Reactions to Budget 2009

Mon, Oct 20, 2008, 01:00

Madam, - I protest strenuously at the ill-judged and impractical proposal of the Minister for Finance to merge the National Library, the National Archives and the Irish Manuscripts Commission as a so-called economy measure. This must not happen.

The library and archives are not quangos, but venerable anchor institutions of Irish culture that trace their origins back to the 18th century - to 1702 in the case of the National Archives. Since Independence, the Irish State has spent only derisory sums of money on them.

Currently, the Public Records Office of Northern Ireland (PRONI) in Belfast, founded in 1923, is much better capitalised and has more than twice the staff of the National Archives in Dublin, which lacks (and has always lacked) the appropriate buildings, the space, and enough trained staff to do its duties properly.

As I write, foreign affairs documents much sought by modern historians are being sent into external storage for lack of room. By contrast, in Belfast, PRONI's spanking modern archives repository is being built at a cost of £30 million.

The case of the National Library is much the same. In 1921 it was equal in funding and holdings to the National Library of Wales and the National Library of Scotland. How does it stand now? The difference in funding is even more dramatic than the difference in holdings. The National Library of Wales at Aberystwyth has 5 million volumes, 30,000 manuscripts and 3.5 million deeds. The National Library of Scotland has 13 million volumes.

But the National Library of the Irish people, who have made a far greater contribution to world literature, medieval and modern, in three or more languages, has just a little over a million volumes (if that) — comparable to size to the national libraries of Albania and Algeria and less than half the size of those of Portugal, Slovakia, Venezuela and Cuba. Is that not shame enough in a country that until recently boasted extravagantly and in bad taste of its wealth?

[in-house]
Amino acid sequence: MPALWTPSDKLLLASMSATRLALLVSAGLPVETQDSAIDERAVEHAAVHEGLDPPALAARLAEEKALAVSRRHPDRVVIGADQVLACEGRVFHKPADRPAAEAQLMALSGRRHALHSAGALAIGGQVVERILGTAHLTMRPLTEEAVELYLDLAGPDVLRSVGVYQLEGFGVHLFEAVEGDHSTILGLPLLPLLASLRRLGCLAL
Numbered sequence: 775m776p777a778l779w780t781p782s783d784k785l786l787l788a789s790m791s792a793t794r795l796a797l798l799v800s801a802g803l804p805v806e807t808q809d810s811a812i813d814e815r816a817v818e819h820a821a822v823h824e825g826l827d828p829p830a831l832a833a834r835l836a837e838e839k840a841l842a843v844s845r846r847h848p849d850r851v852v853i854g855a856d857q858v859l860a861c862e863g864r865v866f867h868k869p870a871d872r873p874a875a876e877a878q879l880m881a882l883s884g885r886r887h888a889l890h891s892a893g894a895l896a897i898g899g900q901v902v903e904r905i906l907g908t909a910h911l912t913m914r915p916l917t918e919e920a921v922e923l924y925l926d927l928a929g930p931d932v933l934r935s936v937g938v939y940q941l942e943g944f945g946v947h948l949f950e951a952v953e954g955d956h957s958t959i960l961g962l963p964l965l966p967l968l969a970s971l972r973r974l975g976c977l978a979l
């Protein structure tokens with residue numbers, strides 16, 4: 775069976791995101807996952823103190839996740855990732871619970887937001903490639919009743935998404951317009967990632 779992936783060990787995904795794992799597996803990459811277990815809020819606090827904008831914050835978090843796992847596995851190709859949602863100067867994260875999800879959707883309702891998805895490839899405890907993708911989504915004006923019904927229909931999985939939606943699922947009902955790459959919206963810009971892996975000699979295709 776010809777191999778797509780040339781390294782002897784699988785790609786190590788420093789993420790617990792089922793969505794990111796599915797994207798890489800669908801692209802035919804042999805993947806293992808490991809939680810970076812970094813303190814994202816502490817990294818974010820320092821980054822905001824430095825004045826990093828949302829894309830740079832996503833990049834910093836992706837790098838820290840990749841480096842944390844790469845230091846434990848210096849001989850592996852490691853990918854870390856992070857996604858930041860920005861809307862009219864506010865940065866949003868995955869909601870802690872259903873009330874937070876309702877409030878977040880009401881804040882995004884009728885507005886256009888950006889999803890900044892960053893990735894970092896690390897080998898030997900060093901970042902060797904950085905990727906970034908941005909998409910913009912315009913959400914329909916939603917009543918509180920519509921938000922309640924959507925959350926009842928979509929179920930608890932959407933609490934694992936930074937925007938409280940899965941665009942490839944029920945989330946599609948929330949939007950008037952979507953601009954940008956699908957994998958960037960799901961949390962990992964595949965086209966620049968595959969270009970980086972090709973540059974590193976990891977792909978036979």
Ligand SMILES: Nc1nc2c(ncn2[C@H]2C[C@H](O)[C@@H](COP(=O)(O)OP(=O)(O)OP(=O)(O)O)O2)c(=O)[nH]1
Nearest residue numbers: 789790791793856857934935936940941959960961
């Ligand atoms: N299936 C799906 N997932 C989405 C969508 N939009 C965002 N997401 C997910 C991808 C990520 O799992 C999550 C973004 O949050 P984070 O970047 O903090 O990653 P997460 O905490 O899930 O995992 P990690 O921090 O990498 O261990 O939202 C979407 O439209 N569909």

Does the National Library need more cutbacks after 87 years of deplorable government neglect? Merging national libraries and national archives is not done, in Europe or elsewhere. Even tiny countries such as Iceland, Cyprus, the Faroes, and Ivory Coast keep them apart. The same is true of Eastern Europe and the Third World — for example, Chile, Colombia, Mongolia, Peru, Democratic Republic of Congo, even war-torn Iraq. Here we must follow best international practice.

The Irish Manuscripts Commission, founded in 1928 in response to the deliberate destruction of the Irish Public Record Office in 1922, has served Ireland remarkably well and at little cost in seeking out and editing the sources of Irish history. It has published more than 140 titles (some multi-volume) and 40 volumes of Analecta Hibernica, a scholarly journal of high international standing. It owns no premises, its members and authors give their services free, and its paid staff is a part-time secretary.

Is this a quango? Can its meagre budget be trimmed? Even in the desolate 1950s nobody in government cut it back or thought it should be merged, on grounds of economy, with some other body, for there is nothing to save.